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When I was at school in the Republic of Ireland, I had to learn Gaelic. I was forced to spend 30 per cent of my time, not learning something useful like maths or science, that would serve me in life. I was a victim of a nostalgic, misguided and retrograde Irish nationalism that the politicians of the day decided to inflict upon us school kids to make themselves feel better
(Holliday, Hyde & Kullman 2004: 192)
This term paper will deal with the culture of Ireland referring to the idiosyncratic cultural norms of it.
Since the relationship between the big topic and the space at my disposal can best be described as unproportional (to say the least), it will, in the end, remain but a very concise (and perforce, somewhat superficial) overlook rather than an in-depth study. One reason for the inadequacy lies in the fact that there are notable divides between the rural people and city dwellers, Catholics and Protestants, Norne Irons (Northern Irelanders) and Irelanders from the Republic, and the Irish-speaking people inside and outside the Gaeltacht (Gaelic speaking regions) and the English-speaking majority population. The culture of the Irish is, thus, far from being homogeneous. In order to meet the conditions of a description of the manifestations of Ireland’s culture at different levels nonetheless, I used Geert Hofstede’s ‘onion diagram’ (hence the title) as a guideline and worked through the layers from the outside to the core (cf. Hofstede 1991: 9). Thus, I will deal with Ireland’s symbols first, move on to its heroes, describe some of the rituals, eventually shed some light at the cultural values and close with displaying some of the more common stereotypes.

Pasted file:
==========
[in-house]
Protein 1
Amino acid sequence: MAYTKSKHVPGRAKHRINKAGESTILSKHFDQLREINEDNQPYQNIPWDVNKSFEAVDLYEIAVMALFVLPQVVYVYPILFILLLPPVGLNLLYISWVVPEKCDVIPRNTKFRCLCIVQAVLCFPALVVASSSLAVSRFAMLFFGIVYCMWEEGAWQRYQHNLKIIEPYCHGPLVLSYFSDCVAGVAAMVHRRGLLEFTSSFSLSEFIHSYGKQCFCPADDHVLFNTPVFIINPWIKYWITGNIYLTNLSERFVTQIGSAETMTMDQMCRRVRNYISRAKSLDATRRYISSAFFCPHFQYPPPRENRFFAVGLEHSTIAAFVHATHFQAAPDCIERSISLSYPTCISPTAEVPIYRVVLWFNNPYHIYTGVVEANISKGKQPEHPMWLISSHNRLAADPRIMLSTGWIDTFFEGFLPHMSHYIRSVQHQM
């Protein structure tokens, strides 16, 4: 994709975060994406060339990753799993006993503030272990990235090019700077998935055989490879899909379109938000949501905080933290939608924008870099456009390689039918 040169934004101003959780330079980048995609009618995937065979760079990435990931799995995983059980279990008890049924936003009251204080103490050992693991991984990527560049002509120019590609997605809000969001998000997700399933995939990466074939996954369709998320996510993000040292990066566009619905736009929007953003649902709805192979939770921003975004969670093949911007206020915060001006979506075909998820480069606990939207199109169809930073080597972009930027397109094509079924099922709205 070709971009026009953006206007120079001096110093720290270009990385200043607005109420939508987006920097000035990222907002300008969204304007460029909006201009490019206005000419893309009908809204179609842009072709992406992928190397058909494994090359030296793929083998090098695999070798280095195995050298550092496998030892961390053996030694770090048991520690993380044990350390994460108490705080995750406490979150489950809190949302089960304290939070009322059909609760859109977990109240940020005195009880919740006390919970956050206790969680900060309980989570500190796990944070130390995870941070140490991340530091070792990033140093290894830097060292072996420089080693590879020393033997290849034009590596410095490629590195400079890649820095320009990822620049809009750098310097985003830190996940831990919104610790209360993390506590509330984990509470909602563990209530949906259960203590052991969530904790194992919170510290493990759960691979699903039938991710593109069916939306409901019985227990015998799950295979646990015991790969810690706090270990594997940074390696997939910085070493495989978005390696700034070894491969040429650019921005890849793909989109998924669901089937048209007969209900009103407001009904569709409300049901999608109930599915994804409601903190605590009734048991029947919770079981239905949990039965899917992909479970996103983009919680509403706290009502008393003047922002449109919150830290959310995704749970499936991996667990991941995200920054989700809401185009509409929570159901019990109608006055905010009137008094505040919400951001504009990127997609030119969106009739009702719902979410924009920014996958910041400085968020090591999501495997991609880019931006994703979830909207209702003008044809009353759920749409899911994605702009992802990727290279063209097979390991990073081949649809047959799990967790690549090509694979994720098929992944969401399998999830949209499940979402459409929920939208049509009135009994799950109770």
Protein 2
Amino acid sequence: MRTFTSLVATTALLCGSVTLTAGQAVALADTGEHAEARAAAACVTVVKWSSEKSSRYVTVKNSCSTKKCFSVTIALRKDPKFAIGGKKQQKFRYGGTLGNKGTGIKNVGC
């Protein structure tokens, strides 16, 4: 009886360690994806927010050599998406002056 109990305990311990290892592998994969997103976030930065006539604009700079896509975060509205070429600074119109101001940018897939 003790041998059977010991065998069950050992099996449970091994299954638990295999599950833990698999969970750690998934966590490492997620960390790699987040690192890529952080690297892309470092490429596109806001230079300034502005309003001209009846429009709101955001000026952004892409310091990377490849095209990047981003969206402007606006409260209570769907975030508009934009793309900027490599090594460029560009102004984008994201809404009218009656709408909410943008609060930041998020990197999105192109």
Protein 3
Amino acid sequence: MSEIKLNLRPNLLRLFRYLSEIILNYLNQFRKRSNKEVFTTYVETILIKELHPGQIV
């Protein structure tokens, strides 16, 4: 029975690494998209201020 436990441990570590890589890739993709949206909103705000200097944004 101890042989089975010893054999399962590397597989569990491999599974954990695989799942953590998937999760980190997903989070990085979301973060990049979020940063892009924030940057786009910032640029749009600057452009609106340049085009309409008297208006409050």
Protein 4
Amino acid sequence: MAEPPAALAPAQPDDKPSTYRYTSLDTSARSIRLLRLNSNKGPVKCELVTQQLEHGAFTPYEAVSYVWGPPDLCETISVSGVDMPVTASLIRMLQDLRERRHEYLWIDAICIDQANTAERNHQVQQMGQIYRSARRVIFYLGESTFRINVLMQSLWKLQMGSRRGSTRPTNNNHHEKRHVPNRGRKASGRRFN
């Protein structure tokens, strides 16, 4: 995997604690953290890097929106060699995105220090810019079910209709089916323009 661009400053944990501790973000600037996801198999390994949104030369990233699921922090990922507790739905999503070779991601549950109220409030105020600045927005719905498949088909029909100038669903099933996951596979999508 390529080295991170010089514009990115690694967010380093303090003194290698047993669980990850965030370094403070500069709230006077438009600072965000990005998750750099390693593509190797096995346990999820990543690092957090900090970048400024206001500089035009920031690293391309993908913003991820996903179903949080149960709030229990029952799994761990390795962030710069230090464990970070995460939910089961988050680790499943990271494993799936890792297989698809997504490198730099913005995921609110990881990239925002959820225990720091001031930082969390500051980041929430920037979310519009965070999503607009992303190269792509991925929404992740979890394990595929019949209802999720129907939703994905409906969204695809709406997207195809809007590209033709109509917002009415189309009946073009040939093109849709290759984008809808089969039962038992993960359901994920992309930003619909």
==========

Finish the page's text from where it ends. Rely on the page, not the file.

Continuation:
I cannot begin to thank adequately those who helped me in the preparation of this term paper. The overwhelming majority of information disclosed here is the result of interviews I had with Irish women and men. I am deeply and variously indebted to Siobhán Prendergast from Connemara, County Galway (living in Wetzlar), Bríd Prendergast from Connemara, Michael Sullivan from Thurles, County Tipperary (living in Pohlheim), Jimi Slevin from Dublin (living in Bamberg) and Brian O’Connor also from Dublin (living in Marburg).